If there’s one expression guaranteed to strike fear into the most experienced photographer’s heart, it’s ‘night photography’. After all, if photography is the study and exposure of light, how can you find decent pictures when light is completely absent?
You need a few bits and bobs to do a good job with night photography. A fast lens, for one thing: you’re looking to get as much light as possible through the lens, which means f/2.8 is more of a maximum aperture than a minimum. A tripod is another: something solid and stable that won’t blow around in the wind. You’ll also need a light source: the best way forward is a proper strobe, ideally triggered wirelessly, for the best combination of power and flexibility. Failing that, head torch:
Here, the sky is the ambient exposure – i.e. the camera records the available light. But to avoid the natural bridge across the centre of the frame appearing as a mere silhouette, an LED head torch was used to paint light onto the surface of the bridge. This light bounces into the camera, giving colour and detail to the subject. You’ll also need a bit of maths: take your lens’ focal length (remember to multiply it by two on our Four-Thirds cameras), and divide 500 by your focal length. The result is the maximum exposure, in seconds, that you can use before stars start to blur across the frame.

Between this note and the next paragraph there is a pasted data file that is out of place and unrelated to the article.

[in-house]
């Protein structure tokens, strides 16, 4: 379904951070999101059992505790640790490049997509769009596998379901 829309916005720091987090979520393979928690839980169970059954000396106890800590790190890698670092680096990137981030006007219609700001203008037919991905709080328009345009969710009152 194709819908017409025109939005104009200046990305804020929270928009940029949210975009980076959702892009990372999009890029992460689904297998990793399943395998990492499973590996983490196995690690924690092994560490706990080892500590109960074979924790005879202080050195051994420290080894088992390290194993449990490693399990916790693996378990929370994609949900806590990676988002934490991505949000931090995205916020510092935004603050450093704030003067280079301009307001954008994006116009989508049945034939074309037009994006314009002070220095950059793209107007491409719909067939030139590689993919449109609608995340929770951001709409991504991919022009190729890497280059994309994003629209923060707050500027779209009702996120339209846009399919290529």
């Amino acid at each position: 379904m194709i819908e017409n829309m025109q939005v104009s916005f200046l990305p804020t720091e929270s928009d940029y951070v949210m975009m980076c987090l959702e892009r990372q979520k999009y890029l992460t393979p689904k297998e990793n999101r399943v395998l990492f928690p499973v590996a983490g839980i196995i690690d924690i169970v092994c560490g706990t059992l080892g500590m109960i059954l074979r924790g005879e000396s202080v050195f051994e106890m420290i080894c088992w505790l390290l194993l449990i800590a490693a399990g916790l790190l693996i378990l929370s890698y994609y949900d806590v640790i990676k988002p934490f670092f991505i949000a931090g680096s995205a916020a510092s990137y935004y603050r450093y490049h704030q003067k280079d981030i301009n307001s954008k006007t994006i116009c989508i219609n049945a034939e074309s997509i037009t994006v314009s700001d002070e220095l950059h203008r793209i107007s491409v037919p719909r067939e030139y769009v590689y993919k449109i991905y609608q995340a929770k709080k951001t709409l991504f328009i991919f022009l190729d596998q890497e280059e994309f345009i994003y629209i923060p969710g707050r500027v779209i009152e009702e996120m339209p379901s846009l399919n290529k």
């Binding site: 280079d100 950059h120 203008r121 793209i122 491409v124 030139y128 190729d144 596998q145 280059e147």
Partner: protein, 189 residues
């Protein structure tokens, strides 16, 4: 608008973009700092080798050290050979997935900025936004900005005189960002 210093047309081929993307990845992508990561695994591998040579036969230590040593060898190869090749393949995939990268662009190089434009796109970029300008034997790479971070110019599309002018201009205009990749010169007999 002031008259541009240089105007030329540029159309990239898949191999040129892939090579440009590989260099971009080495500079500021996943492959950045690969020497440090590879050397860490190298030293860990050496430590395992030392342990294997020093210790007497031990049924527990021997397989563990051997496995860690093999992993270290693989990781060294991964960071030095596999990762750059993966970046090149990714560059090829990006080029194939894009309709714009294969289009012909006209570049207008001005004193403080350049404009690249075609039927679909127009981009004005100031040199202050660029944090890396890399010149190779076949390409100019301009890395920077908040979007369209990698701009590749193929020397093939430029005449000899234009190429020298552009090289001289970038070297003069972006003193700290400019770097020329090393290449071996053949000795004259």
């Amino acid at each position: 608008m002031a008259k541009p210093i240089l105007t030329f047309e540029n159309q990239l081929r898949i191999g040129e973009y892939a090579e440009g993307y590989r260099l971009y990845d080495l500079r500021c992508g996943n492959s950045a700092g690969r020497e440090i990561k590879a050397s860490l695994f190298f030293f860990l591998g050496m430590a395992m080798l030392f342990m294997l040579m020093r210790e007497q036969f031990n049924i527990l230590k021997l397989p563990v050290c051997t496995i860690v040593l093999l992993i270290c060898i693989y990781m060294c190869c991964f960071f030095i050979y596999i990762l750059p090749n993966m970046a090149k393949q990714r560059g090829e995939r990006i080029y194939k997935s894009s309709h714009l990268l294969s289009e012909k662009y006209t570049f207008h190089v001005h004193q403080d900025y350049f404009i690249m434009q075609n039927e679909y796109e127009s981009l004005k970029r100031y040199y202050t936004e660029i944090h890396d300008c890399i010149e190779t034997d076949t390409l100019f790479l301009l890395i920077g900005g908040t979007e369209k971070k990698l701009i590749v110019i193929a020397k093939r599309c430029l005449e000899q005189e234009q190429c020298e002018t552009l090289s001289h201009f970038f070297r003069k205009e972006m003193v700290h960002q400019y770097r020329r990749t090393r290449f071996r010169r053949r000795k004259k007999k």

Here, both painting with light and the correct exposure for stars have combined to produce an otherworldly shot with plenty of foreground and background interest.
A smack of foreground interest never hurts: in this case we’ve got Seljalandsfoss waterfall in southern Iceland. Focus is really important here, so use the distance markings on your lens and a good eye to measure the distance between your camera and your subject. At 11pm you’re likely to be rather bleary-eyed, so make sure you’re checking images carefully at the end of each exposure to make sure you’ve got enough sharpness to print properly.
Another tech tip: you don’t necessarily need a proper camera remote for night time photography, (although it won’t hurt) but you should definitely use your camera’s two-second timer – or, if you’re using one of our wifi cameras, the remote shutter on offer in the O.I Share app. That way, you won’t disrupt your image’s sharpness when you press the shutter release: two seconds is enough time for the camera to stop moving before it fires a shot.
Finally, make the most of night time photography: if you’re already on location – camping is a great way of making sure you’re in the right place, all the time – keep an eye on what time sunrise is to capitalise on shots that combine both foreground silhouettes and a splash of background colour.